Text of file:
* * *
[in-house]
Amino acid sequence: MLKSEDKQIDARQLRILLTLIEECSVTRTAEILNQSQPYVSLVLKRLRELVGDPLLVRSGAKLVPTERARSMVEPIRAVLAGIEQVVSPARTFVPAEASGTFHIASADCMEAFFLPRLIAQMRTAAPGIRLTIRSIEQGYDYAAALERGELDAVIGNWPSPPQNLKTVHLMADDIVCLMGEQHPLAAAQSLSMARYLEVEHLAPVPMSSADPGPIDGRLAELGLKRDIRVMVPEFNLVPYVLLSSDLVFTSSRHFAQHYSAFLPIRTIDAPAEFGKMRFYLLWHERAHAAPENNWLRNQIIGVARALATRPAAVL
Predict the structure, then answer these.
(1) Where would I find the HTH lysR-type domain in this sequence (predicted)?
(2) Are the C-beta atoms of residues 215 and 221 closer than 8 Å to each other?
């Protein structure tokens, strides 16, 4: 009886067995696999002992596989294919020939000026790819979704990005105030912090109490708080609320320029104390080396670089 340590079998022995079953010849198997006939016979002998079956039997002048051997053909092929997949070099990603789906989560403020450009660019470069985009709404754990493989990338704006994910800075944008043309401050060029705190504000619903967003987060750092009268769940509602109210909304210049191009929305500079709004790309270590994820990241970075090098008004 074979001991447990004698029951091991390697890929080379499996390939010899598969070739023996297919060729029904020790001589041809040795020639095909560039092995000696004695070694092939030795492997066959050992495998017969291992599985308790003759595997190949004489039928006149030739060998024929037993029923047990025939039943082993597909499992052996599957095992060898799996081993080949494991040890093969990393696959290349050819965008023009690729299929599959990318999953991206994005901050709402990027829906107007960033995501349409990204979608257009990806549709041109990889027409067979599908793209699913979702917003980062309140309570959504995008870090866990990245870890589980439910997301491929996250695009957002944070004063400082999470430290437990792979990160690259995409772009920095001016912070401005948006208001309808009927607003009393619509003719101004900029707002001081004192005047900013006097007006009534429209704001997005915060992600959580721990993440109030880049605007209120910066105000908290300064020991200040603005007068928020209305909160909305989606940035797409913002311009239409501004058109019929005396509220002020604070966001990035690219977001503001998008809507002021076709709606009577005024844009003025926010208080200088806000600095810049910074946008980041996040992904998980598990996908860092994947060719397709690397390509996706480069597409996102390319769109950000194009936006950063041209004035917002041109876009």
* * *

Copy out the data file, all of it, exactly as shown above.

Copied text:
[in-house]
Amino acid sequence: MLKSEDKQIDARQLRILLTLIEECSVTRTAEILNQSQPYVSLVLKRLRELVGDPLLVRSGAKLVPTERARSMVEPIRAVLAGIEQVVSPARTFVPAEASGTFHIASADCMEAFFLPRLIAQMRTAAPGIRLTIRSIEQGYDYAAALERGELDAVIGNWPSPPQNLKTVHLMADDIVCLMGEQHPLAAAQSLSMARYLEVEHLAPVPMSSADPGPIDGRLAELGLKRDIRVMVPEFNLVPYVLLSSDLVFTSSRHFAQHYSAFLPIRTIDAPAEFGKMRFYLLWHERAHAAPENNWLRNQIIGVARALATRPAAVL
Predict the structure, then answer these.
(1) Where would I find the HTH lysR-type domain in this sequence (predicted)?
(2) Are the C-beta atoms of residues 215 and 221 closer than 8 Å to each other?
């Protein structure tokens, strides 16, 4: 009886067995696999002992596989294919020939000026790819979704990005105030912090109490708080609320320029104390080396670089 340590079998022995079953010849198997006939016979002998079956039997002048051997053909092929997949070099990603789906989560403020450009660019470069985009709404754990493989990338704006994910800075944008043309401050060029705190504000619903967003987060750092009268769940509602109210909304210049191009929305500079709004790309270590994820990241970075090098008004 074979001991447990004698029951091991390697890929080379499996390939010899598969070739023996297919060729029904020790001589041809040795020639095909560039092995000696004695070694092939030795492997066959050992495998017969291992599985308790003759595997190949004489039928006149030739060998024929037993029923047990025939039943082993597909499992052996599957095992060898799996081993080949494991040890093969990393696959290349050819965008023009690729299929599959990318999953991206994005901050709402990027829906107007960033995501349409990204979608257009990806549709041109990889027409067979599908793209699913979702917003980062309140309570959504995008870090866990990245870890589980439910997301491929996250695009957002944070004063400082999470430290437990792979990160690259995409772009920095001016912070401005948006208001309808009927607003009393619509003719101004900029707002001081004192005047900013006097007006009534429209704001997005915060992600959580721990993440109030880049605007209120910066105000908290300064020991200040603005007068928020209305909160909305989606940035797409913002311009239409501004058109019929005396509220002020604070966001990035690219977001503001998008809507002021076709709606009577005024844009003025926010208080200088806000600095810049910074946008980041996040992904998980598990996908860092994947060719397709690397390509996706480069597409996102390319769109950000194009936006950063041209004035917002041109876009």